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Effects of cognitive speed of processing training on a composite neuropsychological outcome: results at one-year from the IHAMS randomized controlled trial

Published online by Cambridge University Press:  14 September 2015

Fredric D. Wolinsky*
John W. Colloton Chair of Health Management and Policy, College of Public Health, University of Iowa, Iowa City, Iowa, USA
Mark W. Vander Weg
Investigator, Center for Comprehensive Access and Delivery Research and Evaluation, Iowa City VA HealthCare System, Iowa City, Iowa, USA
M. Bryant Howren
Investigator, Center for Comprehensive Access and Delivery Research and Evaluation, Iowa City VA HealthCare System, Iowa City, Iowa, USA
Michael P. Jones
Professor of Biostatistics, College of Public Health, University of Iowa, Iowa City, Iowa, USA
Megan M. Dotson
Project Coordinator, College of Nursing, University of Iowa, Iowa City, Iowa, USA
Correspondence should be addressed to: Fredric D. Wolinsky, John W. Colloton Chair of Health Management and Policy, College of Public Health, University of Iowa, Iowa City, Iowa 52242, USA. Phone: +319-384-3821; Fax: +319-384-4371. Email:



Age-related cognitive decline is common and well-documented. Cognitive speed of processing training (SOPT) has been shown to improve trained abilities (Useful Field of View; UFOV), but transfer to individual non-trained cognitive outcomes or neuropsychological composites is sparse. We examine the effects of SOPT on a composite of six equally weighted tests – UFOV, Trail-making A and B, Symbol Digit Modality, Controlled Oral Word Association, Stroop Color and Word, and Digit Vigilance.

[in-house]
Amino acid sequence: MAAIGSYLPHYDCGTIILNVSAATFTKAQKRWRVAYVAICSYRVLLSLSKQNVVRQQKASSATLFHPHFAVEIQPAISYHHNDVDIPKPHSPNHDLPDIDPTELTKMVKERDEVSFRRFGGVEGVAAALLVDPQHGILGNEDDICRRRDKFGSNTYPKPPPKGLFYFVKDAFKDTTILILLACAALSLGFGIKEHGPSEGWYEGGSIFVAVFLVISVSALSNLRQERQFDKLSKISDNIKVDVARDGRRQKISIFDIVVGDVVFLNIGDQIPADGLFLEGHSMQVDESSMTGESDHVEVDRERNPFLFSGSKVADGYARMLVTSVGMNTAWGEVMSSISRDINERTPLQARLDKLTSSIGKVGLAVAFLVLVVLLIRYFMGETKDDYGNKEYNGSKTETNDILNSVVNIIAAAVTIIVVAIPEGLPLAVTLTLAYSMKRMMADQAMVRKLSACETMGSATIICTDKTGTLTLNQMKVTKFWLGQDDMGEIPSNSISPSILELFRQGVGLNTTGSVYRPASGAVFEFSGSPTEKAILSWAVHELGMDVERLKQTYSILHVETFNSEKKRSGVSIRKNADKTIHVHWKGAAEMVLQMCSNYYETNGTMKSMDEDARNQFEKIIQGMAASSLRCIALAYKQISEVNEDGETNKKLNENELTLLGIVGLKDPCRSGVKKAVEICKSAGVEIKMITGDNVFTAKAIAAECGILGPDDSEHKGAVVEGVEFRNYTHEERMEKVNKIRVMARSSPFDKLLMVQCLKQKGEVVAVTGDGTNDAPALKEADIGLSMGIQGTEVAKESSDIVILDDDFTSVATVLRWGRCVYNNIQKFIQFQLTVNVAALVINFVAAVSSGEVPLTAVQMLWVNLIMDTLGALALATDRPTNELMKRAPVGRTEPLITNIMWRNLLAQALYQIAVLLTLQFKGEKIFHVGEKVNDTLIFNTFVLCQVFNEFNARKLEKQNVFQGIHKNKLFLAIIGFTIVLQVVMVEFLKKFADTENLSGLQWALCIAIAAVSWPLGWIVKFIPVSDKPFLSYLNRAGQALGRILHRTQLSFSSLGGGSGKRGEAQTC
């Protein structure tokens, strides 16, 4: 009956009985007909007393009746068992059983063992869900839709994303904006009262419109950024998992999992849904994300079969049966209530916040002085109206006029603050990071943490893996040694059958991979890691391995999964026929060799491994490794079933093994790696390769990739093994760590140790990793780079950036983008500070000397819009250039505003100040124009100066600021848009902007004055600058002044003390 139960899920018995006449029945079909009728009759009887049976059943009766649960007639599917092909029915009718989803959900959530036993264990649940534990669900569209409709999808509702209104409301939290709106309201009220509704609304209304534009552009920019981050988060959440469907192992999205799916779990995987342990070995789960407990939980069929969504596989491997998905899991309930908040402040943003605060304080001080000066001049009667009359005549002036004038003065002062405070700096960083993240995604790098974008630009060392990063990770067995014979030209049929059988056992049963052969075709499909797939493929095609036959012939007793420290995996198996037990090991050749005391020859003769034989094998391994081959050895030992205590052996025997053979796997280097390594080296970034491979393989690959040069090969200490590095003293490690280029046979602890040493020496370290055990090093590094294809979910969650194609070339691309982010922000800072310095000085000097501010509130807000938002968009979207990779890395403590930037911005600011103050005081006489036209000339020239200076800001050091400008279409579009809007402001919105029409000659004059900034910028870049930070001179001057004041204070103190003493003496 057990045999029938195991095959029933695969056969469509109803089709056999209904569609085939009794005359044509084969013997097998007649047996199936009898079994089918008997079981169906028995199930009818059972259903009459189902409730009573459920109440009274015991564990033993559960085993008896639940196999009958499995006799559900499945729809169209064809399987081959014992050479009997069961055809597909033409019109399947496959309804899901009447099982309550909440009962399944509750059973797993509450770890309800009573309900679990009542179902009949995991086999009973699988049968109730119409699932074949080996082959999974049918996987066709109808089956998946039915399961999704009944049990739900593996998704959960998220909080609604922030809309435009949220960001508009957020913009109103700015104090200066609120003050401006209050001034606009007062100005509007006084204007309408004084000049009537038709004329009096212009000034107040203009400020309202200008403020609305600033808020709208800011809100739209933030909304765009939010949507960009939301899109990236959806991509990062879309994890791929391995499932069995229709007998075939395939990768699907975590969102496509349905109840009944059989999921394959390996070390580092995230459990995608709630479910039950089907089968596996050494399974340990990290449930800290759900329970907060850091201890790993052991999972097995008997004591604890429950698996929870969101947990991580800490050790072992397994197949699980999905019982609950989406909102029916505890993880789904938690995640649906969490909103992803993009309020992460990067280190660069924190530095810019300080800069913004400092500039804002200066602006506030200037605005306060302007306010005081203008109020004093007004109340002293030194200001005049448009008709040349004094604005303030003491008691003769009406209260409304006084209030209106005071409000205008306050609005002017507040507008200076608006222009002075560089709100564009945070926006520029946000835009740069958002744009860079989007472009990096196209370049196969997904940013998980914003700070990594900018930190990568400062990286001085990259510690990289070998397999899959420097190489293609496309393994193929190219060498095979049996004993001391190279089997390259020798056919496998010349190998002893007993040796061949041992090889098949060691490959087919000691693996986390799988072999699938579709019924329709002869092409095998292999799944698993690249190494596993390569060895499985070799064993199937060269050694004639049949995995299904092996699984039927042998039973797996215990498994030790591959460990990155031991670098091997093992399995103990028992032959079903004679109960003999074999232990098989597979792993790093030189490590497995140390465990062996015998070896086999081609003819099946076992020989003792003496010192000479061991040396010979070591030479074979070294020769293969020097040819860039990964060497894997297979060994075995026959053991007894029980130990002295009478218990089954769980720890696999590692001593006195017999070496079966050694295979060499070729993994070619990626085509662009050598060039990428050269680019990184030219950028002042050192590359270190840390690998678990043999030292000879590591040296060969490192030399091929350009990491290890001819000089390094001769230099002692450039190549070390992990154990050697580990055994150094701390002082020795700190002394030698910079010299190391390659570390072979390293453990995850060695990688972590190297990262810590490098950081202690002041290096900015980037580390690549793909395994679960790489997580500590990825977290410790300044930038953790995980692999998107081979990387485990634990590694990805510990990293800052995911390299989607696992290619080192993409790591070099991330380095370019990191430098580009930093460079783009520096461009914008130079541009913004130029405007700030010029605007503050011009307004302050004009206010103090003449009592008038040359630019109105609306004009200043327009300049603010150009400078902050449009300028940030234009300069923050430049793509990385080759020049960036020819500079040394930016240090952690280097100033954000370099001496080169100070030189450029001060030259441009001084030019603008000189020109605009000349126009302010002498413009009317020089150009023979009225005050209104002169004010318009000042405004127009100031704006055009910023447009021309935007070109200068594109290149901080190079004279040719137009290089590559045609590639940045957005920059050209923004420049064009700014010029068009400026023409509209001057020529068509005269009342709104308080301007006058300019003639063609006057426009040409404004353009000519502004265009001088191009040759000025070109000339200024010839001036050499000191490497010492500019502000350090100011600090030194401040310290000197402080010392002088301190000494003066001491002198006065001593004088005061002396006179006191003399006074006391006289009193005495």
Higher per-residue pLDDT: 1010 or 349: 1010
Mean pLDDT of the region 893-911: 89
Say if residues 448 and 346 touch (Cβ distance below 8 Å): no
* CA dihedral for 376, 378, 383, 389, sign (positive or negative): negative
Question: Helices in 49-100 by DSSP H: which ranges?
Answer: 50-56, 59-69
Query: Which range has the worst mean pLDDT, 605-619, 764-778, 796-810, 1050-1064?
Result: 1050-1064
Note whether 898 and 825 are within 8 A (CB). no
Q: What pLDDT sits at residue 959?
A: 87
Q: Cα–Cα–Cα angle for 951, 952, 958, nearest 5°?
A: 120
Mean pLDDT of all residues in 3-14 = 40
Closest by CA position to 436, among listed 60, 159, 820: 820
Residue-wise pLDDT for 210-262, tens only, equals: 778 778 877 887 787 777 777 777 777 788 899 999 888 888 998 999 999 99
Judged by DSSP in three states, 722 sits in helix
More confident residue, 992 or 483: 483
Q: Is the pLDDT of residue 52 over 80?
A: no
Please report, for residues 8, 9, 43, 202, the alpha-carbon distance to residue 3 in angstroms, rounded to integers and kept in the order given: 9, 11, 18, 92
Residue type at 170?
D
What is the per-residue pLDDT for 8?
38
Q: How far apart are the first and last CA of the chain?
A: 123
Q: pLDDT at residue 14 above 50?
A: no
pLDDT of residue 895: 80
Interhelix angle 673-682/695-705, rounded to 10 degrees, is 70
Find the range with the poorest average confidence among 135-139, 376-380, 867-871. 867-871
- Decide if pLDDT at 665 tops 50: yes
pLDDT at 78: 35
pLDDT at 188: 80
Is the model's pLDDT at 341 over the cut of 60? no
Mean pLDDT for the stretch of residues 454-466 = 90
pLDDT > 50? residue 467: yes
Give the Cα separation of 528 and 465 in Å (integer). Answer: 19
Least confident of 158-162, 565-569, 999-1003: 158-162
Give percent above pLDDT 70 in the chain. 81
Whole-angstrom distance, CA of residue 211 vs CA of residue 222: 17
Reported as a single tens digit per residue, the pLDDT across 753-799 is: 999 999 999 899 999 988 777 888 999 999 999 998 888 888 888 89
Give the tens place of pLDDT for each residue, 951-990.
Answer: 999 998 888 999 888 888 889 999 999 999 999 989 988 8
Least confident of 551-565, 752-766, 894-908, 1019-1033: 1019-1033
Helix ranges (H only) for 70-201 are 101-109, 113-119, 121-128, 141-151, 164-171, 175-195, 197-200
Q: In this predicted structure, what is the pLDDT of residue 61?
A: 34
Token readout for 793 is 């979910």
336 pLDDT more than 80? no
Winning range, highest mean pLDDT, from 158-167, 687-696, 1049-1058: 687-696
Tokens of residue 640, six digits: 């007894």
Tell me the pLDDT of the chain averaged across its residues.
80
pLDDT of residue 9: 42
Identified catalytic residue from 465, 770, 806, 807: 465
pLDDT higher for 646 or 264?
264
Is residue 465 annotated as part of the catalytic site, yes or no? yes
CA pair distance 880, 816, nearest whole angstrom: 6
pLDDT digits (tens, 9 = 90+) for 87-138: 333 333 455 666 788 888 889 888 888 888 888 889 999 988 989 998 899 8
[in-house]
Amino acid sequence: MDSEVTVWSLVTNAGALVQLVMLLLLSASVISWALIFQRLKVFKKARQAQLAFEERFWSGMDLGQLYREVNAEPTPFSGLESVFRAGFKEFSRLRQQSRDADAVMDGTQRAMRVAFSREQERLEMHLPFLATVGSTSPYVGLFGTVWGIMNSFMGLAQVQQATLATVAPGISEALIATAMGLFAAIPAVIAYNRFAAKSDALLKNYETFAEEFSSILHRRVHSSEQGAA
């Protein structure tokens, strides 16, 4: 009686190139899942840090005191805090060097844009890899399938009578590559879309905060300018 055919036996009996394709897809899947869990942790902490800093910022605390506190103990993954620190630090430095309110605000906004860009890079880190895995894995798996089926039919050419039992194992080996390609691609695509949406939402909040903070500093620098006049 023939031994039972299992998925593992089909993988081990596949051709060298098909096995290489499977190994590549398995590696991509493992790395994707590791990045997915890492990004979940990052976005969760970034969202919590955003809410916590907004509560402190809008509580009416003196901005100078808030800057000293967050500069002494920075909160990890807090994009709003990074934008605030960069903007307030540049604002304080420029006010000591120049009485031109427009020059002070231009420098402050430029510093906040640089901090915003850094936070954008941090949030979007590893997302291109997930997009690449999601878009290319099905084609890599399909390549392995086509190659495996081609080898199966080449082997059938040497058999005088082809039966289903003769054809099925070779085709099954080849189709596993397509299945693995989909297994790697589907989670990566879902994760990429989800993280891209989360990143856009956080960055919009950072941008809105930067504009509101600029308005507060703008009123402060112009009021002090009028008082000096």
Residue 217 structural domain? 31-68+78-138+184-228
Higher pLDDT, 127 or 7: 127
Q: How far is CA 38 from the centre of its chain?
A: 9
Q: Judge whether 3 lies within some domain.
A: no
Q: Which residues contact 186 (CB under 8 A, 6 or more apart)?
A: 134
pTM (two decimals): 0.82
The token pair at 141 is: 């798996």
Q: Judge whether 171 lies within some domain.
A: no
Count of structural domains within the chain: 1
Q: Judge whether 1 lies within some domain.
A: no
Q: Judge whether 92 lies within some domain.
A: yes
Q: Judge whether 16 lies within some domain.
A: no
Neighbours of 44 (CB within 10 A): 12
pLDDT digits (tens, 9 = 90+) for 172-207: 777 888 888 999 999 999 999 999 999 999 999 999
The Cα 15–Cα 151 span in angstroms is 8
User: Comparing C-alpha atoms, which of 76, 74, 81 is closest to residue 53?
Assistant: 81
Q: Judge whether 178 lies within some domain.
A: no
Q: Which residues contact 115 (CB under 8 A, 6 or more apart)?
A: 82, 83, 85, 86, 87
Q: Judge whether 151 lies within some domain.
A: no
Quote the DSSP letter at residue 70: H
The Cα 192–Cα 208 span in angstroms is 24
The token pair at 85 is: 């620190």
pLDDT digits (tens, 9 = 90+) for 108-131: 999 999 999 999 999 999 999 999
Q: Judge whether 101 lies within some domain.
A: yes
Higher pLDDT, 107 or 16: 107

681 patients were randomized separately within two age-bands (50–64, ≥ 65) to three SOPT groups (10 initial hours on-site, 10 initial hours on-site plus 4 hours of boosters, or 10 initial hours at-home) or an attention-control group (10 initial hours on-site of crossword puzzles). At one-year, 587 patients (86.2%) had complete data. A repeated measures linear mixed model was used.


Factor analysis revealed a simple unidimensional structure with Cronbach's α of 0.82. The time effect was statistically significant (p < 0.001; ηp2 = 0.246), but the time by treatment group (p = 0.331), time by age-band (p = 0.463), and time by treatment group by age-band (p = 0.564) effects were not.


Compared to the attention-control group who played a computerized crossword puzzle game, assignment to 10–14 hours of SOPT did not significantly improve a composite measure of cognitive abilities.

Research Article
Copyright © International Psychogeriatric Association 2015 

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